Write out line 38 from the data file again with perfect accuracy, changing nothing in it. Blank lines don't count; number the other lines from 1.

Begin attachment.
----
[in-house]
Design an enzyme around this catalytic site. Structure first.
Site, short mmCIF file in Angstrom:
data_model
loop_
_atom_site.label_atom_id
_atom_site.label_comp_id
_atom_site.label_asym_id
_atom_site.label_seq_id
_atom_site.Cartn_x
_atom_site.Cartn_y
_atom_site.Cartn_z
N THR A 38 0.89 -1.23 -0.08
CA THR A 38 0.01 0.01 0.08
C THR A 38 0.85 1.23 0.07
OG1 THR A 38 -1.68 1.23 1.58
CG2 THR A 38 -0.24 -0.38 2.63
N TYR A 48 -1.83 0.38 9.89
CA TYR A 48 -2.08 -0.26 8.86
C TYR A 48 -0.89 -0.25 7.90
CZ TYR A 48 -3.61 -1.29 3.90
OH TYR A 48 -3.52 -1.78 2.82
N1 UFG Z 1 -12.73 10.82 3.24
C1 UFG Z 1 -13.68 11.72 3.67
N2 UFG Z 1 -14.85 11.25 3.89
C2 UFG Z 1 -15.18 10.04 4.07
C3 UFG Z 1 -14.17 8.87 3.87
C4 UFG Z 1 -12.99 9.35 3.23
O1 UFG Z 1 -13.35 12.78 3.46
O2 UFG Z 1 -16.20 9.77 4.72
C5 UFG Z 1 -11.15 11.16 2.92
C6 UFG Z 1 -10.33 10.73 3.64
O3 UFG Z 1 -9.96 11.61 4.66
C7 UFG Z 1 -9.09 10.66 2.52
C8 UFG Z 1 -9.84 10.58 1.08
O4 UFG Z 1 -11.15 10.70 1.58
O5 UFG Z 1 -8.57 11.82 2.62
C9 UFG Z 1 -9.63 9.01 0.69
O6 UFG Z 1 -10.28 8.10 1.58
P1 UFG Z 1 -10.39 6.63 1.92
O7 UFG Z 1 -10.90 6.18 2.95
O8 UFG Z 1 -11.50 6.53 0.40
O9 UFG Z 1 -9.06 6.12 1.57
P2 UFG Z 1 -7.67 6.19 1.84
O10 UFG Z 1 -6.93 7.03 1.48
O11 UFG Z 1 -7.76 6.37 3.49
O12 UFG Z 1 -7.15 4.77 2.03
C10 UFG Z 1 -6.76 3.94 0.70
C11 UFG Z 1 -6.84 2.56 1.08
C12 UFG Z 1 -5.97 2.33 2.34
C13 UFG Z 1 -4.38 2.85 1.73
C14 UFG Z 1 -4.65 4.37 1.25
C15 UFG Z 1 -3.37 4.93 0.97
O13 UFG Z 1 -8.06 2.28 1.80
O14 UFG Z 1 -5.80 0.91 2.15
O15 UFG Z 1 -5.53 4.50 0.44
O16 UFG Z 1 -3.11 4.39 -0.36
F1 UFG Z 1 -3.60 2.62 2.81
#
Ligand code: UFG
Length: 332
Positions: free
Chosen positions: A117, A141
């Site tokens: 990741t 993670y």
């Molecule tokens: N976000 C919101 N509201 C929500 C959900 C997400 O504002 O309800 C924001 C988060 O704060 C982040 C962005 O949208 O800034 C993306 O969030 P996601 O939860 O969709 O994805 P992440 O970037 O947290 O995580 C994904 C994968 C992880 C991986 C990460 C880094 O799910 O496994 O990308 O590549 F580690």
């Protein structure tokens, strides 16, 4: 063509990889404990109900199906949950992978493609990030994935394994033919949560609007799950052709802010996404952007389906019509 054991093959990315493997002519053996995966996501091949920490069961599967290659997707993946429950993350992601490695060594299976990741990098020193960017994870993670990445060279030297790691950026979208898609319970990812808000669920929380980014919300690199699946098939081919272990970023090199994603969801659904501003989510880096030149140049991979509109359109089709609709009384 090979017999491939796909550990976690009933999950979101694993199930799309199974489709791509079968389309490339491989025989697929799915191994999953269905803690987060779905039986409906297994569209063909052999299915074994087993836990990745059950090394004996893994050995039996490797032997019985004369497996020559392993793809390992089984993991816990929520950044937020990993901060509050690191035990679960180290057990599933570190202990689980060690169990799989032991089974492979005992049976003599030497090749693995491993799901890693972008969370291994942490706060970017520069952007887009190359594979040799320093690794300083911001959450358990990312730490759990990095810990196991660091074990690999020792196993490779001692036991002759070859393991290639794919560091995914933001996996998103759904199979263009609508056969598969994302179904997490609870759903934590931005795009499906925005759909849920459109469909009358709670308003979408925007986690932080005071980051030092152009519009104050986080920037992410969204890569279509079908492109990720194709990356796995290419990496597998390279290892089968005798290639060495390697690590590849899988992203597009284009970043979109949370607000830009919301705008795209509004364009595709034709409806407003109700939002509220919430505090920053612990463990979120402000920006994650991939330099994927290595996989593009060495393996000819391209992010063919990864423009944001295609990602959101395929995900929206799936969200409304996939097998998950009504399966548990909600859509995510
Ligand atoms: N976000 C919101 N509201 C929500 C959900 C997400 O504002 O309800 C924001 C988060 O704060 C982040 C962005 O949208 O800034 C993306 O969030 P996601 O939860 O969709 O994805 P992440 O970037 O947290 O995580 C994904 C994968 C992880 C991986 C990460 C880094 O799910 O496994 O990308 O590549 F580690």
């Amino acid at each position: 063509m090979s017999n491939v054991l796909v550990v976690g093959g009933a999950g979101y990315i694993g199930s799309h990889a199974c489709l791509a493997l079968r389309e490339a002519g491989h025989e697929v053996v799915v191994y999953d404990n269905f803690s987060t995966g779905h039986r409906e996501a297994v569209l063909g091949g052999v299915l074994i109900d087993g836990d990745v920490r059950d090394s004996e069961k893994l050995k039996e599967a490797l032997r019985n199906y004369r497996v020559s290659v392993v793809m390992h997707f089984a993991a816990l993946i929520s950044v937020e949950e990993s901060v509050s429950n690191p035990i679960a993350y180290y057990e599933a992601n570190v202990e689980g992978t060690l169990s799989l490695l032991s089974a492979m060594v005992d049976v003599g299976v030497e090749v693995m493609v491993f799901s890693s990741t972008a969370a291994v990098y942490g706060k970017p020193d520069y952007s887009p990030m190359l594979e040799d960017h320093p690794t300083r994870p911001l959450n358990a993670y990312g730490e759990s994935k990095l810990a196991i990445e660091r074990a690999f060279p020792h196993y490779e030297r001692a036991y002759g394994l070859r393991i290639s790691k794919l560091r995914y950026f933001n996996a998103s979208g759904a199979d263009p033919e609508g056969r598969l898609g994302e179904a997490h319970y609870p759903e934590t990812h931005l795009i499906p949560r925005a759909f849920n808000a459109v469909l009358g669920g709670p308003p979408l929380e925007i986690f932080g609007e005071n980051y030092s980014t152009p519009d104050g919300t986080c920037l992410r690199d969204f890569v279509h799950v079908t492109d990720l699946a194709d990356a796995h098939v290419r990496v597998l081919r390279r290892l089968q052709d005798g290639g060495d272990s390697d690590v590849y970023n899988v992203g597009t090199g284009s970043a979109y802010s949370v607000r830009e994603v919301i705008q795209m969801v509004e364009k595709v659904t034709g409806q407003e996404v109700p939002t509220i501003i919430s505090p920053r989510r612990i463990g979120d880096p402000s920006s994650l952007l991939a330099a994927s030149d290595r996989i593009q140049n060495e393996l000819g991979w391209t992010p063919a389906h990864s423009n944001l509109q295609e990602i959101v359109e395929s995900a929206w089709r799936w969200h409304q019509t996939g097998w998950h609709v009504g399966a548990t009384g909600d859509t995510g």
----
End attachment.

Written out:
C9 UFG Z 1 -9.63 9.01 0.69